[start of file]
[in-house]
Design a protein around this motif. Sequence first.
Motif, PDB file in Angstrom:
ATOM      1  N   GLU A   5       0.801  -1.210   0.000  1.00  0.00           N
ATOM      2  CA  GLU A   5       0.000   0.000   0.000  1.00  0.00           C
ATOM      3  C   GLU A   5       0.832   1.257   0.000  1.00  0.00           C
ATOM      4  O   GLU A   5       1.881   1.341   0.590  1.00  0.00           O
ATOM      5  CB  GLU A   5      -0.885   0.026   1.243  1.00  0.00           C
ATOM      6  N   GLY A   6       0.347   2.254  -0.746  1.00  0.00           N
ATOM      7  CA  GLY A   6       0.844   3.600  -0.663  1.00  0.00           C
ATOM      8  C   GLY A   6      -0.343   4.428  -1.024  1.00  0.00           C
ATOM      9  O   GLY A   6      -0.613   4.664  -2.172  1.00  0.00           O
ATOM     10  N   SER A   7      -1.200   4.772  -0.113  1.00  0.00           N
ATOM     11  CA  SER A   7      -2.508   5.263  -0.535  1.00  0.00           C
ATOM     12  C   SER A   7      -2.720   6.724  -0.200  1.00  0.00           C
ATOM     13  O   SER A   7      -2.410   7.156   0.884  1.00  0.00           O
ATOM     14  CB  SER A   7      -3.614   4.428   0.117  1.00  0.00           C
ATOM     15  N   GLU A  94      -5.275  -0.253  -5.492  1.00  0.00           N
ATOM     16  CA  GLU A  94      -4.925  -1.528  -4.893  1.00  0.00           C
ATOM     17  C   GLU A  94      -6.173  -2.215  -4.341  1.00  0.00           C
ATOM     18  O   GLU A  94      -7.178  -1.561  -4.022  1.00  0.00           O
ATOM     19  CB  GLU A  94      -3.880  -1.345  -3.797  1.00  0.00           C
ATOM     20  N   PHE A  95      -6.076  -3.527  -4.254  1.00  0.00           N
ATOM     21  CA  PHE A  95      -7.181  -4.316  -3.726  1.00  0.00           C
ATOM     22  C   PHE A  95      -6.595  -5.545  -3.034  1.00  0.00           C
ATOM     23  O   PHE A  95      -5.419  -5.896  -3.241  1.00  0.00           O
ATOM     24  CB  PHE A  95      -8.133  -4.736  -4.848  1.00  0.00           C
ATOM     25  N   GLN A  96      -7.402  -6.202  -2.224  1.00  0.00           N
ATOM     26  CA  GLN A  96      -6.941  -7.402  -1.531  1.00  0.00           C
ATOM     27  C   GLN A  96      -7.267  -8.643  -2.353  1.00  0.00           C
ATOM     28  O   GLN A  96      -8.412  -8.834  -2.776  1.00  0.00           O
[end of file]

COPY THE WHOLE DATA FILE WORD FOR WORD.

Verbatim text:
[in-house]
Design a protein around this motif. Sequence first.
Motif, PDB file in Angstrom:
ATOM      1  N   GLU A   5       0.801  -1.210   0.000  1.00  0.00           N
ATOM      2  CA  GLU A   5       0.000   0.000   0.000  1.00  0.00           C
ATOM      3  C   GLU A   5       0.832   1.257   0.000  1.00  0.00           C
ATOM      4  O   GLU A   5       1.881   1.341   0.590  1.00  0.00           O
ATOM      5  CB  GLU A   5      -0.885   0.026   1.243  1.00  0.00           C
ATOM      6  N   GLY A   6       0.347   2.254  -0.746  1.00  0.00           N
ATOM      7  CA  GLY A   6       0.844   3.600  -0.663  1.00  0.00           C
ATOM      8  C   GLY A   6      -0.343   4.428  -1.024  1.00  0.00           C
ATOM      9  O   GLY A   6      -0.613   4.664  -2.172  1.00  0.00           O
ATOM     10  N   SER A   7      -1.200   4.772  -0.113  1.00  0.00           N
ATOM     11  CA  SER A   7      -2.508   5.263  -0.535  1.00  0.00           C
ATOM     12  C   SER A   7      -2.720   6.724  -0.200  1.00  0.00           C
ATOM     13  O   SER A   7      -2.410   7.156   0.884  1.00  0.00           O
ATOM     14  CB  SER A   7      -3.614   4.428   0.117  1.00  0.00           C
ATOM     15  N   GLU A  94      -5.275  -0.253  -5.492  1.00  0.00           N
ATOM     16  CA  GLU A  94      -4.925  -1.528  -4.893  1.00  0.00           C
ATOM     17  C   GLU A  94      -6.173  -2.215  -4.341  1.00  0.00           C
ATOM     18  O   GLU A  94      -7.178  -1.561  -4.022  1.00  0.00           O
ATOM     19  CB  GLU A  94      -3.880  -1.345  -3.797  1.00  0.00           C
ATOM     20  N   PHE A  95      -6.076  -3.527  -4.254  1.00  0.00           N
ATOM     21  CA  PHE A  95      -7.181  -4.316  -3.726  1.00  0.00           C
ATOM     22  C   PHE A  95      -6.595  -5.545  -3.034  1.00  0.00           C
ATOM     23  O   PHE A  95      -5.419  -5.896  -3.241  1.00  0.00           O
ATOM     24  CB  PHE A  95      -8.133  -4.736  -4.848  1.00  0.00           C
ATOM     25  N   GLN A  96      -7.402  -6.202  -2.224  1.00  0.00           N
ATOM     26  CA  GLN A  96      -6.941  -7.402  -1.531  1.00  0.00           C
ATOM     27  C   GLN A  96      -7.267  -8.643  -2.353  1.00  0.00           C
ATOM     28  O   GLN A  96      -8.412  -8.834  -2.776  1.00  0.00           O